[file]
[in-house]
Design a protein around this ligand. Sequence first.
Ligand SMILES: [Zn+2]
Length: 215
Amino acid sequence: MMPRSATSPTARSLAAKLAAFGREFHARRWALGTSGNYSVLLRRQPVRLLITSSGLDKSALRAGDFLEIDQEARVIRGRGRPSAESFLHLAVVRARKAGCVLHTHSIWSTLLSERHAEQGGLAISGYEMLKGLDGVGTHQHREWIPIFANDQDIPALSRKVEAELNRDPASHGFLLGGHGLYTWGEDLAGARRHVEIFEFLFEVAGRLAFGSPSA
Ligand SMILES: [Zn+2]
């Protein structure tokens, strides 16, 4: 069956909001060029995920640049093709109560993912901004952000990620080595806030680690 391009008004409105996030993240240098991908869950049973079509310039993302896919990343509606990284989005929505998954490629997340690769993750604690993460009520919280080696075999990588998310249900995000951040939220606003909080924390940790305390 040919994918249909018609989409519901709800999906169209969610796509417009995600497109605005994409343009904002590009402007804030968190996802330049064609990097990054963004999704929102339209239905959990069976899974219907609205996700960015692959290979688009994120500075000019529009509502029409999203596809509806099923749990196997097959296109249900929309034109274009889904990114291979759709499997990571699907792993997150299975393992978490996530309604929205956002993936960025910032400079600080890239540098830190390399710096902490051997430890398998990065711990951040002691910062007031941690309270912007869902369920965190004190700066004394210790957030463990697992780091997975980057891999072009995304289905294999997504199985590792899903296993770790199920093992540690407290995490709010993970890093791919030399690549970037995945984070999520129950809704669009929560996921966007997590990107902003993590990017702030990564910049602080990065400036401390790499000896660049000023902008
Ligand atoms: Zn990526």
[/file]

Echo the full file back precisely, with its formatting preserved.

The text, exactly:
[in-house]
Design a protein around this ligand. Sequence first.
Ligand SMILES: [Zn+2]
Length: 215
Amino acid sequence: MMPRSATSPTARSLAAKLAAFGREFHARRWALGTSGNYSVLLRRQPVRLLITSSGLDKSALRAGDFLEIDQEARVIRGRGRPSAESFLHLAVVRARKAGCVLHTHSIWSTLLSERHAEQGGLAISGYEMLKGLDGVGTHQHREWIPIFANDQDIPALSRKVEAELNRDPASHGFLLGGHGLYTWGEDLAGARRHVEIFEFLFEVAGRLAFGSPSA
Ligand SMILES: [Zn+2]
């Protein structure tokens, strides 16, 4: 069956909001060029995920640049093709109560993912901004952000990620080595806030680690 391009008004409105996030993240240098991908869950049973079509310039993302896919990343509606990284989005929505998954490629997340690769993750604690993460009520919280080696075999990588998310249900995000951040939220606003909080924390940790305390 040919994918249909018609989409519901709800999906169209969610796509417009995600497109605005994409343009904002590009402007804030968190996802330049064609990097990054963004999704929102339209239905959990069976899974219907609205996700960015692959290979688009994120500075000019529009509502029409999203596809509806099923749990196997097959296109249900929309034109274009889904990114291979759709499997990571699907792993997150299975393992978490996530309604929205956002993936960025910032400079600080890239540098830190390399710096902490051997430890398998990065711990951040002691910062007031941690309270912007869902369920965190004190700066004394210790957030463990697992780091997975980057891999072009995304289905294999997504199985590792899903296993770790199920093992540690407290995490709010993970890093791919030399690549970037995945984070999520129950809704669009929560996921966007997590990107902003993590990017702030990564910049602080990065400036401390790499000896660049000023902008
Ligand atoms: Zn990526």